Alaska senate race: Will Joe Miller win mean less federal money for Alaska?
Alaska's Joe Miller is a fiscal conservative and front-runner for the senate seat now held by Republican Lisa Murkowski. Less seniority in the US Senate will likely mean fewer federal dollars for Alaska, say political observers.
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University of Alaska Anchorage political science professor Carl Shepro noted that in post-victory interviews, Miller has toned down his anti-spending stance a bit, probably to appeal to less conservative Republicans.Skip to next paragraph
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"So this is not a Joe Miller comes to D.C. and Social Security is gone, Medicare is gone," he said. "But what Joe Miller does do, and what those that I think are joining in this message do is get this government back from the fiscal brink, back from bankruptcy so that we can ensure that the contracts that we've made with our seniors, that we can honor those."
Still, Shepro believes Miller means to sharply cut the flow of federal money coming to Alaska. Shepro expects there would be plenty of senators more than happy to accommodate such a freshman.
Many Alaskans just don't realize how significant the federal government is to the state, where federal government bashing is a state pastime, said Clive Thomas, a political science professor at the University of Alaska Southeast.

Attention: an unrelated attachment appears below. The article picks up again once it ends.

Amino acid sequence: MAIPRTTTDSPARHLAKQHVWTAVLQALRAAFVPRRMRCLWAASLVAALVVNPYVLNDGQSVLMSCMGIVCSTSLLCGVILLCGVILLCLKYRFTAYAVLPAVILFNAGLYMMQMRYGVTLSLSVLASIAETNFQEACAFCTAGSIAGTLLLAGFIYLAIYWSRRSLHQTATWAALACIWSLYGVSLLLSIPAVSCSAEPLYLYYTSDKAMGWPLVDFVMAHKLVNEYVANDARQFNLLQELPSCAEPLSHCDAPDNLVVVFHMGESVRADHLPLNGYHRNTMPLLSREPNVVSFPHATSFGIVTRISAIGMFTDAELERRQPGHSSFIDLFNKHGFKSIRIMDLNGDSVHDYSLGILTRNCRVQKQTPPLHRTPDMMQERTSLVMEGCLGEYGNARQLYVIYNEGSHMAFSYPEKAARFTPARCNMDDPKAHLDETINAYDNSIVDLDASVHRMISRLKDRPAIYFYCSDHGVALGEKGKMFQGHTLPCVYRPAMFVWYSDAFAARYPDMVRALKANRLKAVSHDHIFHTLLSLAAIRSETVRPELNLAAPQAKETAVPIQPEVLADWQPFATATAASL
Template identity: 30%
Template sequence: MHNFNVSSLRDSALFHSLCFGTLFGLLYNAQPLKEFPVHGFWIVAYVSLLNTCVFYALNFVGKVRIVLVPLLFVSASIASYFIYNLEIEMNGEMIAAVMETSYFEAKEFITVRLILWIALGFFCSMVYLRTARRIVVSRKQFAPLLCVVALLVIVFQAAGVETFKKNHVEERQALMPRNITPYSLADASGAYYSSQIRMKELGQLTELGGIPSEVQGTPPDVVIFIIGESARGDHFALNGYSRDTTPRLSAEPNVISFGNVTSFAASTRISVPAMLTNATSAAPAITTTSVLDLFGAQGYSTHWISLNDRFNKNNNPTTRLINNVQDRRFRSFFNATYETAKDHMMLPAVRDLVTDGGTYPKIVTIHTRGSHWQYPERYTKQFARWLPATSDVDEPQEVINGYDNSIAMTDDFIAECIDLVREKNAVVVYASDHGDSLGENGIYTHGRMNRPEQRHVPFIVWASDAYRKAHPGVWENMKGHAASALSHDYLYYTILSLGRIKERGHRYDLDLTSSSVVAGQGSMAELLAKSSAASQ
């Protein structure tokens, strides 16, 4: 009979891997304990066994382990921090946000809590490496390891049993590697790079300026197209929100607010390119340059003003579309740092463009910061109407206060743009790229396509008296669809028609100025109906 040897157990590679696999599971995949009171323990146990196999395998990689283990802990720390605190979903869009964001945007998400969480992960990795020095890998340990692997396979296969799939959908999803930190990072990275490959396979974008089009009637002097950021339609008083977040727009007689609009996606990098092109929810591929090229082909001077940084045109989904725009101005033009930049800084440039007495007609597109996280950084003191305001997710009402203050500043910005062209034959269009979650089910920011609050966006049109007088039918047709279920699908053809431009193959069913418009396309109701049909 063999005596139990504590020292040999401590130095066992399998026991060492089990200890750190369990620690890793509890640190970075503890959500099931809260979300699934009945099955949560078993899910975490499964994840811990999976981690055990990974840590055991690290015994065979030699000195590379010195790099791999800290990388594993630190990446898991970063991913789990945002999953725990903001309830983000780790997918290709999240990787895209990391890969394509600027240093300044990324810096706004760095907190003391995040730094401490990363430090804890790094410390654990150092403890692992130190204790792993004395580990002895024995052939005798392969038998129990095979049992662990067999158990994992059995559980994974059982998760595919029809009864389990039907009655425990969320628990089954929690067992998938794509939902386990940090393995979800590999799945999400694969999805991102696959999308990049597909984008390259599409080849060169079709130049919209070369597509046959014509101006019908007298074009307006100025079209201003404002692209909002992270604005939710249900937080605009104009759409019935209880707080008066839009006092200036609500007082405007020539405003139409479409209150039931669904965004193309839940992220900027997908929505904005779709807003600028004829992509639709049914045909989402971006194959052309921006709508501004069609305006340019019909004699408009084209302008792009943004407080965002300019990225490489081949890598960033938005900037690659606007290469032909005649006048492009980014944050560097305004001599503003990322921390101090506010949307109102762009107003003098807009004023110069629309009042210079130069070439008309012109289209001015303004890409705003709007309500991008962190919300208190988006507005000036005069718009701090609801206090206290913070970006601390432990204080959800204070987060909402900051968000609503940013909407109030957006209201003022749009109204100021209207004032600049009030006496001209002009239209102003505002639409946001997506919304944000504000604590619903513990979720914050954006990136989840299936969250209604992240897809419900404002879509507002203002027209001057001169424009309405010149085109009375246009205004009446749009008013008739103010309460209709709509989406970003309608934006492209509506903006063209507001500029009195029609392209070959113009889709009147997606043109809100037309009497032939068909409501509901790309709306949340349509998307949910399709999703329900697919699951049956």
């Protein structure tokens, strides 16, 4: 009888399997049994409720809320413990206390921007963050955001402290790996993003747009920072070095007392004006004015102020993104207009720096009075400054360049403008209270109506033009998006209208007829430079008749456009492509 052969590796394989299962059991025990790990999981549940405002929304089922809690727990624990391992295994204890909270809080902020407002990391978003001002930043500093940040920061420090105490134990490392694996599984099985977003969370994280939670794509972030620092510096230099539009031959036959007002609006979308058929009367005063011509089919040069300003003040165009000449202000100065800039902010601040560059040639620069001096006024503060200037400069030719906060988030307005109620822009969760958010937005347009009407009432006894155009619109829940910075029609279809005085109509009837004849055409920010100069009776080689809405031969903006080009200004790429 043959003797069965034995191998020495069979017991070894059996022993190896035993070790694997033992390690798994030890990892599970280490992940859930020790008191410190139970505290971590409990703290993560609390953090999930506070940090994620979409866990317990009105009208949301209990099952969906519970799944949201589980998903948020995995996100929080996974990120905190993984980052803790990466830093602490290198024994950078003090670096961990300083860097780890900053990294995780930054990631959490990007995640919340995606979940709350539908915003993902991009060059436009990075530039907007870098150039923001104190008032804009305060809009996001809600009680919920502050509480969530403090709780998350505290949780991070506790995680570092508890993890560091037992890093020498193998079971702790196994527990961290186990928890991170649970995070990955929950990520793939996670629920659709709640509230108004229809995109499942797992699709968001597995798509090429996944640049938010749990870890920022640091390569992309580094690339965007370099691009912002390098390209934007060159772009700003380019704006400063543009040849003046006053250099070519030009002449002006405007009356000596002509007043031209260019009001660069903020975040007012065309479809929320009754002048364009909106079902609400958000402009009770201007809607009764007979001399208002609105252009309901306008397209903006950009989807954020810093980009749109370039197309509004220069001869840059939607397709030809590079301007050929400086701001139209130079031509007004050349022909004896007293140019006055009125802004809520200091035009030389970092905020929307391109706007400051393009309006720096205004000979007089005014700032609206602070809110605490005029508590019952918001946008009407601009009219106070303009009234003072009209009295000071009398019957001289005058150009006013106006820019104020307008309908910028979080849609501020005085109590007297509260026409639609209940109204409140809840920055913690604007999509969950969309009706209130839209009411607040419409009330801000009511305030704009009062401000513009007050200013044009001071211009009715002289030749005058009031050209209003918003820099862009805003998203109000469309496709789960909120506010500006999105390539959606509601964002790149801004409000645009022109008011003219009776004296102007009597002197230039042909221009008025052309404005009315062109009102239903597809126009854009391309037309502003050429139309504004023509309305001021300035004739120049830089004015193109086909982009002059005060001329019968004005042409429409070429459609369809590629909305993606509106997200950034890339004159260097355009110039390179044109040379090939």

"I think what people want is, they don't want the regulation, but they want the money," he said. "But you've got to walk a fine line and Ted Stevens realized that."
The importance of the federal government is recognized by many in Alaska's interior, where Stevens and Young have been revered for years by many, including Alaska Natives living in remote locations.
Tanana, a largely Athabascan community of 300, relies on federal funding for as much as 75 percent of the its economy, said Bear Ketzler, its city administrator. Ketzler, a Murkowski supporter, said it's too soon to feel the repercussions of losing Stevens. He fears Murkowski's loss will only add to an expected cut in federal aid.
"In the short term, we're going to be OK," he said. "In the long term, our future in Alaska looks very, very bleak."
Patti Higgins, state chair of the Alaska Democratic Party, said she disagrees. If Democrats retain their Senate majority, Alaskans would be better off to elect a second Democrat to the Senate, she said.
"With the Democrats in power, I think we're sitting pretty."